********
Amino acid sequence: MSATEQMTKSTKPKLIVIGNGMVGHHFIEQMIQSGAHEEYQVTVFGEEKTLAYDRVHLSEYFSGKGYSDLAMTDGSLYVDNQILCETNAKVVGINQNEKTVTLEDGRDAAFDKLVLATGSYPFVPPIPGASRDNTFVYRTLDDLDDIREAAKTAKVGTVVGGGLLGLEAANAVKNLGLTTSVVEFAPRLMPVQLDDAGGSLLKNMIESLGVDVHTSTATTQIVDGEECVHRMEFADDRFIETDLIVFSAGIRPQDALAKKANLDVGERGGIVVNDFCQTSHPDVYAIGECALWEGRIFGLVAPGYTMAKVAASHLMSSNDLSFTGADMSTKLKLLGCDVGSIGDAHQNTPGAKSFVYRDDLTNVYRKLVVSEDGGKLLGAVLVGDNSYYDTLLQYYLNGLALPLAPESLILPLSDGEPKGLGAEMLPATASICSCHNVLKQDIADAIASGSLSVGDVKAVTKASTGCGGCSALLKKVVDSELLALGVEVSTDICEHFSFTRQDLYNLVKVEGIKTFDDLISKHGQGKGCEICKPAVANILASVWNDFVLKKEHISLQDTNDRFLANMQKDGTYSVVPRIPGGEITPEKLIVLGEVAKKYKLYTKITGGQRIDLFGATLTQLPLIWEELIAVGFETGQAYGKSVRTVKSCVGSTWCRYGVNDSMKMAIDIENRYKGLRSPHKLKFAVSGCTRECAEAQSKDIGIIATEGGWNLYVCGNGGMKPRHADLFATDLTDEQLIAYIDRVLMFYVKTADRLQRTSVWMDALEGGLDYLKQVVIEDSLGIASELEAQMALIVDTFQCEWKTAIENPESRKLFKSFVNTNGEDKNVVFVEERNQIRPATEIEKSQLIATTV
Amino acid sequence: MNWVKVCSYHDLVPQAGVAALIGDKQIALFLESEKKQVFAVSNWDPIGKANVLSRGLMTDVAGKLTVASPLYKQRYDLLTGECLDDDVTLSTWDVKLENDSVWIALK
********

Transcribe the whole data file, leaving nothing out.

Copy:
Amino acid sequence: MSATEQMTKSTKPKLIVIGNGMVGHHFIEQMIQSGAHEEYQVTVFGEEKTLAYDRVHLSEYFSGKGYSDLAMTDGSLYVDNQILCETNAKVVGINQNEKTVTLEDGRDAAFDKLVLATGSYPFVPPIPGASRDNTFVYRTLDDLDDIREAAKTAKVGTVVGGGLLGLEAANAVKNLGLTTSVVEFAPRLMPVQLDDAGGSLLKNMIESLGVDVHTSTATTQIVDGEECVHRMEFADDRFIETDLIVFSAGIRPQDALAKKANLDVGERGGIVVNDFCQTSHPDVYAIGECALWEGRIFGLVAPGYTMAKVAASHLMSSNDLSFTGADMSTKLKLLGCDVGSIGDAHQNTPGAKSFVYRDDLTNVYRKLVVSEDGGKLLGAVLVGDNSYYDTLLQYYLNGLALPLAPESLILPLSDGEPKGLGAEMLPATASICSCHNVLKQDIADAIASGSLSVGDVKAVTKASTGCGGCSALLKKVVDSELLALGVEVSTDICEHFSFTRQDLYNLVKVEGIKTFDDLISKHGQGKGCEICKPAVANILASVWNDFVLKKEHISLQDTNDRFLANMQKDGTYSVVPRIPGGEITPEKLIVLGEVAKKYKLYTKITGGQRIDLFGATLTQLPLIWEELIAVGFETGQAYGKSVRTVKSCVGSTWCRYGVNDSMKMAIDIENRYKGLRSPHKLKFAVSGCTRECAEAQSKDIGIIATEGGWNLYVCGNGGMKPRHADLFATDLTDEQLIAYIDRVLMFYVKTADRLQRTSVWMDALEGGLDYLKQVVIEDSLGIASELEAQMALIVDTFQCEWKTAIENPESRKLFKSFVNTNGEDKNVVFVEERNQIRPATEIEKSQLIATTV
Amino acid sequence: MNWVKVCSYHDLVPQAGVAALIGDKQIALFLESEKKQVFAVSNWDPIGKANVLSRGLMTDVAGKLTVASPLYKQRYDLLTGECLDDDVTLSTWDVKLENDSVWIALK